Monday, December 6

Japan stocks end lower as dour earnings hit construction firms


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TOKYO — Japanese shares closed lower on Monday as construction stocks weakened on some downbeat earnings, while drugmakers lost their footing after Pfizer’s COVID-19 antiviral pill showed promising efficacy in a trial.

The Nikkei share average fell 0.35% to 29,507.05, despite Wall Street finishing strong on Friday, slipping from a one-month high hit on Thursday. The broader Topix ended 0.30% lower at 2,035.22.

With Japanese corporate earnings season in full swing this week, investors were hesitant to buy near the Nikkei’s psychological resistance at 30,000.

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Obayashi Corp dropped 9.2% after the builder slashed its guidance sharply, hit in part by rising costs, while rival Shimizu Corp shed 7.7% on disappointing earnings.

As a result, the construction sector fell 1.9%.

Drugmaker Shionogi lost 5.7% and Chugai Pharmaceutical declined 3.7% after rival Pfizer said its experimental pill cut by 89% the chance of hospitalization or death from COVID-19.

Mixi sank by its daily limit, losing 18.2% after the internet firm cut its earnings guidance sharply on poor sales of its main game service.

On the other hand, endoscope maker Olympus jumped 6.0% on bumper earnings results, while Sega Sammy rose 7.8% after the game company reported strong profits and announced a share buyback.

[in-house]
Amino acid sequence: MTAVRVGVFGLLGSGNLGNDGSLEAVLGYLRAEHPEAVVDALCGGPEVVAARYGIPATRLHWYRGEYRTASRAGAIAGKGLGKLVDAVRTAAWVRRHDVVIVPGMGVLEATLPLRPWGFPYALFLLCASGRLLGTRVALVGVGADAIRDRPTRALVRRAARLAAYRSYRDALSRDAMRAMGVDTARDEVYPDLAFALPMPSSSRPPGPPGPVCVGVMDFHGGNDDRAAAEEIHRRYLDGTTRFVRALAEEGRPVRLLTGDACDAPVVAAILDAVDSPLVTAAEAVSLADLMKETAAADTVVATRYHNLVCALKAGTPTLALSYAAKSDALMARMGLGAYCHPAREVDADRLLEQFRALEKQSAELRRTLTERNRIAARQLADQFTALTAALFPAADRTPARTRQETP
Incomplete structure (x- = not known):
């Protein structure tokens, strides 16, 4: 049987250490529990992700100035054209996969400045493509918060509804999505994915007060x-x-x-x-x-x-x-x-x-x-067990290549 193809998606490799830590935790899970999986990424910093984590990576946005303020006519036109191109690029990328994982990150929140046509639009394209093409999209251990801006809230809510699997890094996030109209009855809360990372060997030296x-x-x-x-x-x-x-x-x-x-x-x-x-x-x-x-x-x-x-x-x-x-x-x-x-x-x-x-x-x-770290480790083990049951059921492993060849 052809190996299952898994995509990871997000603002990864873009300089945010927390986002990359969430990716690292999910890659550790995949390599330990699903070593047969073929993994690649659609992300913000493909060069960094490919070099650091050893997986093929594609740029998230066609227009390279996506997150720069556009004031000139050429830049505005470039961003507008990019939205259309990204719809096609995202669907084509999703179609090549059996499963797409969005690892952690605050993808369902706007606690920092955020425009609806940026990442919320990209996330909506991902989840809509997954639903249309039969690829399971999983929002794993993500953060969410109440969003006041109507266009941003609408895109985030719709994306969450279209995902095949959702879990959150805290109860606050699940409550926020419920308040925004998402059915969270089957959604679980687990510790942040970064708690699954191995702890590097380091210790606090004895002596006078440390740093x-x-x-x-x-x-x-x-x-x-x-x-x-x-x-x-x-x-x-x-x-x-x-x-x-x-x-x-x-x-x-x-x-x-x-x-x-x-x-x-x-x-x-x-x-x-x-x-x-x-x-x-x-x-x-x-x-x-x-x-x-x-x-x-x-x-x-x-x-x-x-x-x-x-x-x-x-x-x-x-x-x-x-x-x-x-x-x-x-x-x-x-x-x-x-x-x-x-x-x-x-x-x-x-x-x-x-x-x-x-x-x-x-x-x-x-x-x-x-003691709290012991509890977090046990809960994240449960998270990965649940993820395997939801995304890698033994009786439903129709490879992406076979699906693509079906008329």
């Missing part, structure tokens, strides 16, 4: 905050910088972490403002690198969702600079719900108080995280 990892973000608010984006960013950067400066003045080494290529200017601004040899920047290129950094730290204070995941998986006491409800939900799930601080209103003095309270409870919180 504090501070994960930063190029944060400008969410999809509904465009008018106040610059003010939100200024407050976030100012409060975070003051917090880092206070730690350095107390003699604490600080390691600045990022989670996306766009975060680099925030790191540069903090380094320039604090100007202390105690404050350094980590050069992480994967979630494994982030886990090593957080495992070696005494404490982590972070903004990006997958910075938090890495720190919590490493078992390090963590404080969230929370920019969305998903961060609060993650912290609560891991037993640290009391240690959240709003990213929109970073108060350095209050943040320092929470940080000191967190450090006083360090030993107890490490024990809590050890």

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Total net profits from Japanese companies that have so far announced results have beaten consensus estimates, on average, by 12%, said Nobuhiko Kuramochi, market strategist at Mizuho Securities.

“But overall they aren’t that impressive. And forward earnings expectations have been almost flat in the past month,” he said.

Airlines and train operators gained on news of Pfizer’s COVID-19 drug, as it added to hopes of economic recovery amid a fall in infections at home.

More than 1,500 companies are scheduled to announce quarterly results this week, including SoftBank Group on Monday, Nissan Motor on Tuesday and Tokyo Electron on Friday. (Reporting by Hideyuki Sano; Editing by Rashmi Aich and Ramakrishnan M.)

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financialpost.com